Playing piano at age seven and later cello, Mexican conductor Alondra de la Parra studied composition and conducting in Mexico City and New York. Now 35, she guest-conducts a number of world-class orchestras. In 2017 her duties begin as music director and principal conductor of the Queensland Symphony, one of Australia's major orchestras.
On Juni 6, 2016 her concert at Mexico City's "Palacio de Bellas Artes" opened Mexico's "Germany Year," with musicians from the National Youth Orchestra of Germany joining the "Orquesta Escuela Carlos Chávez" in works by Ludwig van Beethoven and Silvestre Revueltas. On September 15, Alondra de la Parra leads the National Youth Orchestra, the State Youth Chorus of North Rhine-Westphalia and soloists from Mexico at the Orchestra Campus, a joint effort of the Beethovenfest and DW. The program includes the world premiere of "Zimmergramm" by Mexican composer Enrico Chapela, a work of music commissioned by Deutsche Welle.
DW: Last summer you combined young musicians from Germany and Mexico into a single orchestra. What did that involve?
Alondra de la Parra: Both the National Youth Orchestra of Germany and the Orchestra Carlos Chávez were really well prepared, so it was a matter of blending their concepts of sound and rhythm. That's extremely exciting. I was very glad to have them perform pieces by Revueltas and Beethoven, because of course Beethoven is known everywhere - in Mexico too -, but it was gratifying for this new generation of German musicians to get acquainted with our repertory.
You often work with young people. What is special about the experience?
I love working with them because they challenge me in different ways. Sometimes I find myself having to explain things that generally don't need explaining, but it can be the opposite: sometimes - boom! - younger musicians instantly comprehend things that professionals need a long time for. With that raw talent, magical things can happen. And I love having a mixed orchestra because it provides an even broader experience for the musicians. We need to remember that that is what music is about: connecting human beings and expressing emotions, ideas and images to one another.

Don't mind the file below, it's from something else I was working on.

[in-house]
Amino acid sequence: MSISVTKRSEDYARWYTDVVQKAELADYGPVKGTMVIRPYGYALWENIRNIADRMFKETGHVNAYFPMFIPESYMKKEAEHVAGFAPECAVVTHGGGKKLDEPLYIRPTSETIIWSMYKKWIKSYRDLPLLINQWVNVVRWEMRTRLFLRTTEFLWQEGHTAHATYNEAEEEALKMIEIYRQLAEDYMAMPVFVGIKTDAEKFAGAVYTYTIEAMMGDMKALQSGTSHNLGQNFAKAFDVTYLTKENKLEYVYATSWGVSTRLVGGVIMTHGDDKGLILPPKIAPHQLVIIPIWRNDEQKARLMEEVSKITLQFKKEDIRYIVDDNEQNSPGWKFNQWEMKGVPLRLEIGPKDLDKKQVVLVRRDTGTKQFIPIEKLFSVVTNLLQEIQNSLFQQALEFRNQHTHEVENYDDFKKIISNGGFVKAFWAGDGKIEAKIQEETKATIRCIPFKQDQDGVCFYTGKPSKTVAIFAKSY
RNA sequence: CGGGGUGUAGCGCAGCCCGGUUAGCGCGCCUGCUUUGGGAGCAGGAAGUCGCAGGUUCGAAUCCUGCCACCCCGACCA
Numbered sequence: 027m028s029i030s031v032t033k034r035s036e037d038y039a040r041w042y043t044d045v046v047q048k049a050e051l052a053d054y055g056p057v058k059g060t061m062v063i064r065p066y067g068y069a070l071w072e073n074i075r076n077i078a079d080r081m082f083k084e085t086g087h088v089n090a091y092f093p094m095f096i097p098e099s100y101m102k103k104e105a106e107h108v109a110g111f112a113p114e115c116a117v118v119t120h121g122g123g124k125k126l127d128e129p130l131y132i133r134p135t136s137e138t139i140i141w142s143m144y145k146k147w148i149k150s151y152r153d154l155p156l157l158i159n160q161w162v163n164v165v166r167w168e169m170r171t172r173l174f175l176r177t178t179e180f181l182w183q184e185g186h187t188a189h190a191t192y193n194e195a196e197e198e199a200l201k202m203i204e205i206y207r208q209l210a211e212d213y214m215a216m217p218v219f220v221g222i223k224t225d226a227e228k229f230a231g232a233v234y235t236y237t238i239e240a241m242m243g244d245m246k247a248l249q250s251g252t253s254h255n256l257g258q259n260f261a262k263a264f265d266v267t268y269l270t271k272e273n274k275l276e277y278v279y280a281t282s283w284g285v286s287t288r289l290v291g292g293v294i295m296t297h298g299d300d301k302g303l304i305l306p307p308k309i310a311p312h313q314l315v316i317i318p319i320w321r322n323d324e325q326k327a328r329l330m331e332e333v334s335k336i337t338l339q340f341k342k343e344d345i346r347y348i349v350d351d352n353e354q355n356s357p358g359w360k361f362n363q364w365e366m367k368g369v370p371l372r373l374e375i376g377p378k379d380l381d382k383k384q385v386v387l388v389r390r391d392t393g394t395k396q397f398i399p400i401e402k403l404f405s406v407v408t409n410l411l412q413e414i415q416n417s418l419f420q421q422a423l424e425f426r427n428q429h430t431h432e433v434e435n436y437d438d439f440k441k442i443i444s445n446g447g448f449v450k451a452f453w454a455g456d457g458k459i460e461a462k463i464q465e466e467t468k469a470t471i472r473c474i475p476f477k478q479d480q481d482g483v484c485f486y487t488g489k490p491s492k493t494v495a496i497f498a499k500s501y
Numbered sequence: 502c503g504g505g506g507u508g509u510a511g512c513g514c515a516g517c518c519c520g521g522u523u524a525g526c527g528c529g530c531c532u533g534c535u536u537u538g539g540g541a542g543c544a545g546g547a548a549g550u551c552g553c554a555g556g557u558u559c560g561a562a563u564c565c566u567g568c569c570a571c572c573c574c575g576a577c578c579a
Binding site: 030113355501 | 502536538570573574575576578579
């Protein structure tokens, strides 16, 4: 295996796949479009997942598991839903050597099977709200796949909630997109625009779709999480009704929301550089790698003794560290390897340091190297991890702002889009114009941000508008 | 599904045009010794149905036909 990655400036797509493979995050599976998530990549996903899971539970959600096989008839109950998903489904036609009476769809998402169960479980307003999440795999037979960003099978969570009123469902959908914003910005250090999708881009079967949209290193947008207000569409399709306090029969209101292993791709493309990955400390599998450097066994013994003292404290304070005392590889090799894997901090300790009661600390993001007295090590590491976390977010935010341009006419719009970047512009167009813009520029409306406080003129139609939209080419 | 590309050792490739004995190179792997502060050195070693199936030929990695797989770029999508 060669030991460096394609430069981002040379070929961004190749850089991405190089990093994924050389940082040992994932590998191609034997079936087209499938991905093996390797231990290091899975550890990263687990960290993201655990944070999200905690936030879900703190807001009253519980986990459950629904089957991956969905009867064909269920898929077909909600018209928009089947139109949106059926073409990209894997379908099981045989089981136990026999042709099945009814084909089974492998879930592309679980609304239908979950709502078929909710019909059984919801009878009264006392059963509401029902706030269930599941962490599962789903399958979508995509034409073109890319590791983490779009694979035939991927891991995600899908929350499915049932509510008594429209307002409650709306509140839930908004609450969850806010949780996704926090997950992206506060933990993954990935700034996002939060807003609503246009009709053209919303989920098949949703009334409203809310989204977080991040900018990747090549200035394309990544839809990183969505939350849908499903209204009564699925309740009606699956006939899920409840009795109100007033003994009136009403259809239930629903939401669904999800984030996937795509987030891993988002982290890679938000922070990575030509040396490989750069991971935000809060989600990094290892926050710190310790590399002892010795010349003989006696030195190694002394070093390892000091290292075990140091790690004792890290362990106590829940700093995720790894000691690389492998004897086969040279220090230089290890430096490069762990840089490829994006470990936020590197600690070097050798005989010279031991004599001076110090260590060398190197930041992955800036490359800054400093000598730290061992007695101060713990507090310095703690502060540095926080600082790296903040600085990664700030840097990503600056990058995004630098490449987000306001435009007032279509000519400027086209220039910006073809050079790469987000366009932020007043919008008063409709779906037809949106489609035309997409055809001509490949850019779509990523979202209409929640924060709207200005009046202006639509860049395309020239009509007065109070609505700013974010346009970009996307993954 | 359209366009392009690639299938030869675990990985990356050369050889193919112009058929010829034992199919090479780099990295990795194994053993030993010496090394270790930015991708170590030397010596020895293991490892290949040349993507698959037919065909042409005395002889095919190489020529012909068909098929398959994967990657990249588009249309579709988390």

You have conducted works by Enrico Chapela. Tell me about your collaboration with the composer. What do you think about his music? Enrico has been a friend and colleague since early in my career. One of the first pieces I conducted in New York was "Ínguesu," which is music he wrote based on a soccer match. We actually went to the same school, but not at the same time. He's a lot older than I am. He's an exciting composer because there's always a story behind his music. He always does in-depth research, so every note on the page is there for a reason. I love working with Enrico. It's really fun to talk to him about his music and to get involved in his creative process.
What can you tell me about Chapela's new work, the one you will conduct in Bonn?
As I said, with Enrico there's always a story. This piece has to do with a moment in history after the Mexican Revolution and before the First World War when the German and Mexican governments secretly met with the intention of becoming allies somehow. So there's some interesting history behind it. The piece will feature different characters from that moment in history, both German and Mexican. We'll be joined by a wonderful guitarist, Pablo Garibay. It's a fun idea.
Do you have a favorite work by Beethoven?
I was thinking about that lately, because of course every note Beethoven wrote is great. But I think my favorite symphony is the "Eroica," the Third. It's so incredibly well written. There's so much beauty in it, but at the same time so much depth. It has so much to say.
Kathrin Lemke spoke with Alondra de la Parra in Mexico City.